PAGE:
MALARTIC, QUEBEC — Despite its already enormous size, the Canadian Malartic open-pit gold mine in Malartic, Que., halfway between Rouyn-Noranda and Val-d’Or, is on track to grow even more for owners Agnico Eagle Mines (TSX: AEM; NYSE: AEM) and Yamana Gold (TSX: YRI; NYSE: AUY), as mine life is extended to 2026 and beyond.
The mine is equally owned by Agnico and Yamana, with operations managed by a fifty-fifty joint partnership.
Canadian Malartic became Canada’s largest gold mine as it achieved commercial production in May 2011 and has gone on to raise production every year since: 390,000 oz. gold in 2012; 475,000 oz. gold in 2013; 535,000 oz. gold in 2014; 572,000 oz. gold in 2015; and 585,000 oz. gold in 2016. The mine poured its two-millionth gold ounce in September 2015.
This year, the mine is slated to produce a record 600,000 oz. gold, churning through ore at a rate of 55,000 tonnes per day and ranking as one of the world’s largest pure gold mines.
During the first half of 2017, the mine cranked out 307,782 oz. gold at a production cost per ounce of US$554 and a total cash cost per ounce of US$548 on a by-product basis (with 346,000 oz. silver produced over this period).
During the half, it processed 10.1 million tonnes of ore, or 55,650 tonnes per day, with production costs per tonne at $23, and mine site costs per tonne of $23. The complex includes semi-autogenous grinding followed by processing through three identical ball mills, conventional cyanidation and carbon-in-pulp processing technology. Doré bars containing gold and silver are poured on-site.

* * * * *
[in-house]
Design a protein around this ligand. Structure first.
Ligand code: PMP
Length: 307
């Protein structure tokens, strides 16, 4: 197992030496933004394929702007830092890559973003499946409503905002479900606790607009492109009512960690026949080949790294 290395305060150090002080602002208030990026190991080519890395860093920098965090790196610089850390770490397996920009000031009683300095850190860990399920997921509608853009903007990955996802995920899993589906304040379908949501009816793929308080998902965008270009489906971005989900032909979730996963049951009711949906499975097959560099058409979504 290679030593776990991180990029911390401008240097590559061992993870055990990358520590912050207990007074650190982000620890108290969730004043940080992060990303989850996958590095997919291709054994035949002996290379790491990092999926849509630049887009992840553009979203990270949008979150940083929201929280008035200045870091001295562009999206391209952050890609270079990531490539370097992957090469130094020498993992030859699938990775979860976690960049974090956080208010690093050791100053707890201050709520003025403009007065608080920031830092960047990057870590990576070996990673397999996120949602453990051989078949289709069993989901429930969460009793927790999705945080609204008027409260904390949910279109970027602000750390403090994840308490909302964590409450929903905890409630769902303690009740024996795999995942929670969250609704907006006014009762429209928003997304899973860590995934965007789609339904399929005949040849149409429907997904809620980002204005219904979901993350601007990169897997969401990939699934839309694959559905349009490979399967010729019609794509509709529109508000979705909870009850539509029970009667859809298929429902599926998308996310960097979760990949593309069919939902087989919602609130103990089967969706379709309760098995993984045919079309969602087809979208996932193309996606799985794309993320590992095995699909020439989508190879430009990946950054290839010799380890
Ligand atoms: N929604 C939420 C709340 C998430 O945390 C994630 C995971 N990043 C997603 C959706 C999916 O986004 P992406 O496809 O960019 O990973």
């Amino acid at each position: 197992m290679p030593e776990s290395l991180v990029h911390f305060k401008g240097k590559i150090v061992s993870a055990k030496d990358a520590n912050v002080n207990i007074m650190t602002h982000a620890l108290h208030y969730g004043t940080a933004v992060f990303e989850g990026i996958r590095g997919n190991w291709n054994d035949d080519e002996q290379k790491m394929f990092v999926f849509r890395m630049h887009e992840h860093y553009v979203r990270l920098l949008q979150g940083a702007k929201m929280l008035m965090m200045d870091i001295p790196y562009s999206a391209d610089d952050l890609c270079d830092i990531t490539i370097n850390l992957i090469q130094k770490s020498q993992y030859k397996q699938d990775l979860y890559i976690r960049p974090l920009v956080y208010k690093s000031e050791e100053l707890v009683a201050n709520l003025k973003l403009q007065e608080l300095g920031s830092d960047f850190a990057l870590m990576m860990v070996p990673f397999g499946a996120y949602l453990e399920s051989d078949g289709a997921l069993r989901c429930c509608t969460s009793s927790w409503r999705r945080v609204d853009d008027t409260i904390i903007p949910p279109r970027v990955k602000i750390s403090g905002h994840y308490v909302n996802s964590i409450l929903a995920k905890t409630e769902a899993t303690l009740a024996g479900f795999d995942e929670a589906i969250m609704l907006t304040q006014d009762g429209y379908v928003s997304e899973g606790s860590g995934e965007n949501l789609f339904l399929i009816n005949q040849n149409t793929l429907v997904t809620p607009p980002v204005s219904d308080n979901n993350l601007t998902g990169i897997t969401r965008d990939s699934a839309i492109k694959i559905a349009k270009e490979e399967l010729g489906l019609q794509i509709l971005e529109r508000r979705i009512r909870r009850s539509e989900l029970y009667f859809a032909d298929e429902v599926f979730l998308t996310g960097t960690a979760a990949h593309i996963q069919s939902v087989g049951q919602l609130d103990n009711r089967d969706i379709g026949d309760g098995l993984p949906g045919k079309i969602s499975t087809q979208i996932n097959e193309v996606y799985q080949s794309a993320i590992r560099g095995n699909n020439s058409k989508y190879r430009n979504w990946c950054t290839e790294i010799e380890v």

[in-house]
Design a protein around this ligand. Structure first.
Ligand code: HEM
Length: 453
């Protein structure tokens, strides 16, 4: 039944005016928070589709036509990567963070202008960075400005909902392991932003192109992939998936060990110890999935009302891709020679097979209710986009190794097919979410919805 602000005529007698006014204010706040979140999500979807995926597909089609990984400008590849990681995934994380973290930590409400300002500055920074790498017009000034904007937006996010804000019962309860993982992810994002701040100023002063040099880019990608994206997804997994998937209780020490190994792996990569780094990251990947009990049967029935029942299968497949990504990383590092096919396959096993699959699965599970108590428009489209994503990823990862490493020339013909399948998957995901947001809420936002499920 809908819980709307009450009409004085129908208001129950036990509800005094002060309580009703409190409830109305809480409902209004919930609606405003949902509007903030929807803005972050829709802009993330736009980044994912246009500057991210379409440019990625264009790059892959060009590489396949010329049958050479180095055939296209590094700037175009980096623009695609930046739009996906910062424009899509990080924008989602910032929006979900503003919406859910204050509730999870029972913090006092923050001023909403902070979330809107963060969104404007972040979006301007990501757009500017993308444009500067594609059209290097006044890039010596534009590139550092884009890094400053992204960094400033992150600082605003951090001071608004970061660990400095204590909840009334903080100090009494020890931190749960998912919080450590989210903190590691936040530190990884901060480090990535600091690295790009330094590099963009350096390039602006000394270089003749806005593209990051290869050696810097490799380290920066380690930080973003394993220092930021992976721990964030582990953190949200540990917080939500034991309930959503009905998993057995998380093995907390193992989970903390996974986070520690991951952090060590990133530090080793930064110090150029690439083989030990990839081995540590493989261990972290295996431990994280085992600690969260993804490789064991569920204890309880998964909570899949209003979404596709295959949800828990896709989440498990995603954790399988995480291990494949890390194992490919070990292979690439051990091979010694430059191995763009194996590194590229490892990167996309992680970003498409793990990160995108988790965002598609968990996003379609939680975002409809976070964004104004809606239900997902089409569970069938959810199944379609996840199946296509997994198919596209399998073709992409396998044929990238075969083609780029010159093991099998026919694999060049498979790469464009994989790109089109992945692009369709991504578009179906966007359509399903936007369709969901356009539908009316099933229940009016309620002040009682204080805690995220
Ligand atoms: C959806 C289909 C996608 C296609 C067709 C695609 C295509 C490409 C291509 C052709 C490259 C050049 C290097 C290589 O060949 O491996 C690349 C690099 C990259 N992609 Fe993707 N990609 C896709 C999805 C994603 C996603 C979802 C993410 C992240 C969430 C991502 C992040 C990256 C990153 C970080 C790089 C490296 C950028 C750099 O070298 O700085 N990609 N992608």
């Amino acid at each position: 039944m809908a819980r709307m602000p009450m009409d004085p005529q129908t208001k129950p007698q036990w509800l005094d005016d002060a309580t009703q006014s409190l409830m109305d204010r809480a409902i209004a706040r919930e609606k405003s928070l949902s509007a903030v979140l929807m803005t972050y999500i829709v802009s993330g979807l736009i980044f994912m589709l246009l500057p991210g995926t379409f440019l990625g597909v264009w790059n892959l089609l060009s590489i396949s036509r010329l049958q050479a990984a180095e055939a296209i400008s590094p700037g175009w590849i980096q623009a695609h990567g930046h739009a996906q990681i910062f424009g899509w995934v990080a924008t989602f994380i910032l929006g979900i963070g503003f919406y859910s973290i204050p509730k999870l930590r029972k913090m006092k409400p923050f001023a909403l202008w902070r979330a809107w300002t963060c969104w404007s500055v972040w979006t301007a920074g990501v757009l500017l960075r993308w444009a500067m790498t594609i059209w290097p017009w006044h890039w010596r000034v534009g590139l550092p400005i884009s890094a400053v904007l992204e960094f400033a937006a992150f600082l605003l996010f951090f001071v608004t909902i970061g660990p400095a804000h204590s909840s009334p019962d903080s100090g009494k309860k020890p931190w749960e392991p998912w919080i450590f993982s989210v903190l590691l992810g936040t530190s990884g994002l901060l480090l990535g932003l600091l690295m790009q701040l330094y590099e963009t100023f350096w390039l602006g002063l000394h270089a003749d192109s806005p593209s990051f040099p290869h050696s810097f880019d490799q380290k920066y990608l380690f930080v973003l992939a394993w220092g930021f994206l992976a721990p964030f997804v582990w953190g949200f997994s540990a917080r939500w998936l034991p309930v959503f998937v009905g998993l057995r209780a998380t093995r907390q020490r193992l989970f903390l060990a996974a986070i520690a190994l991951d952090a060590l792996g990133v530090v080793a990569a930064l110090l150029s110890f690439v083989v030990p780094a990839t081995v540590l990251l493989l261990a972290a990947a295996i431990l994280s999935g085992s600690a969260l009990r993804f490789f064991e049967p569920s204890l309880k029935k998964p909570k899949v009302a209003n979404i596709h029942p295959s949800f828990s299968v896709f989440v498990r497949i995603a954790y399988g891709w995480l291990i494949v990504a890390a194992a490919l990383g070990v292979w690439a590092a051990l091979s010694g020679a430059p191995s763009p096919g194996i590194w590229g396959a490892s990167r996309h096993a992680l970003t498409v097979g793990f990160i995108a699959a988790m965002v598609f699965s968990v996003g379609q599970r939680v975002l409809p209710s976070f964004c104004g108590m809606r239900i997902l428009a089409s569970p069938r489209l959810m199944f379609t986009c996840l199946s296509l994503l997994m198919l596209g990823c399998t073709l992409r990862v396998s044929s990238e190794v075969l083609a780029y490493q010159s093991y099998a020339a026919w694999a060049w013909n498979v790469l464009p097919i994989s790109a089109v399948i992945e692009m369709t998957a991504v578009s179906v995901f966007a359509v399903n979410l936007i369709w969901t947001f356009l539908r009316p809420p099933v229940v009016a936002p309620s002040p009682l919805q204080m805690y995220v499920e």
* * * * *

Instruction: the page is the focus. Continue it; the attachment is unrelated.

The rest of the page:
Total capital expenses at Canadian Malartic for 2017 are pegged at $172 million, including $101 million in sustaining costs, $67 million in stripping and pre-split, and $4 million on an extension project.
Looking ahead, the partners expect to produce 650,000 oz. gold in 2018 before levelling off to 640,000 oz. gold in 2019. The main pit at Canadian Malartic is slated to be mined out in 2021–2022, at which time the pit will be partly filled by waste from the Barnat pit as it comes online, as well as tailings residue.
Agnico and Yamana acquired the mine through its purchase of Osisko Mining in June 2014, and since then, the partners haves sought to improve the environmental performance of the mine, particularly in relation to dust, vibration and noise effects on the local town of Malartic, which sits right against the open pit.
Proven and probable reserves at Canadian Malartic stood at 204 million tonnes grading 1.08 grams per tonne gold (7.1 million contained oz. gold) at the end of 2016.
The partners received more good news in April 2017, in the form of the Quebec government authorizing a proposed expansion of the Canadian Malartic mine that would require the $60-million diversion of 3.4 km of Highway 117 in Malartic to allow the mining of the Barnat deposit.
More resource growth potential is seen 1.5 km east of the pit in the Odyssey North and South Zones, with initial Odyssey Zone inferred resources calculated at year-end 2016 of 20.6 million tonnes grading 2.15 grams gold per tonne.
Agnico describes the property as lying on the southern margin of the eastern part of the Archean-aged Abitibi volcanic belt, mainly within the Pontiac Group of metasedimentary rocks. The north-central portion of the property covers a 3.5 km long section of the Cadillac-Larder Lake Fault Zone and is underlain by mafic-ultramafic metavolcanic rocks of the Piché Group cut by intrusions, as well as metasediments of the Cadillac Group north of the fault zone.
Mineralization is described as a large-tonnage, low-grade Archean gold system, consisting of a widespread shell of disseminated gold-bearing pyrite mineralization hosted by porphyritic felsic to intermediate intrusions and altered metasediments, with the system open west and south at depth.
The partners continue to explore on the property, and this year expect to spend $6.4 million on 46,000 metres of exploration drilling and $4.6 million on 53,700 metres of conversion drilling.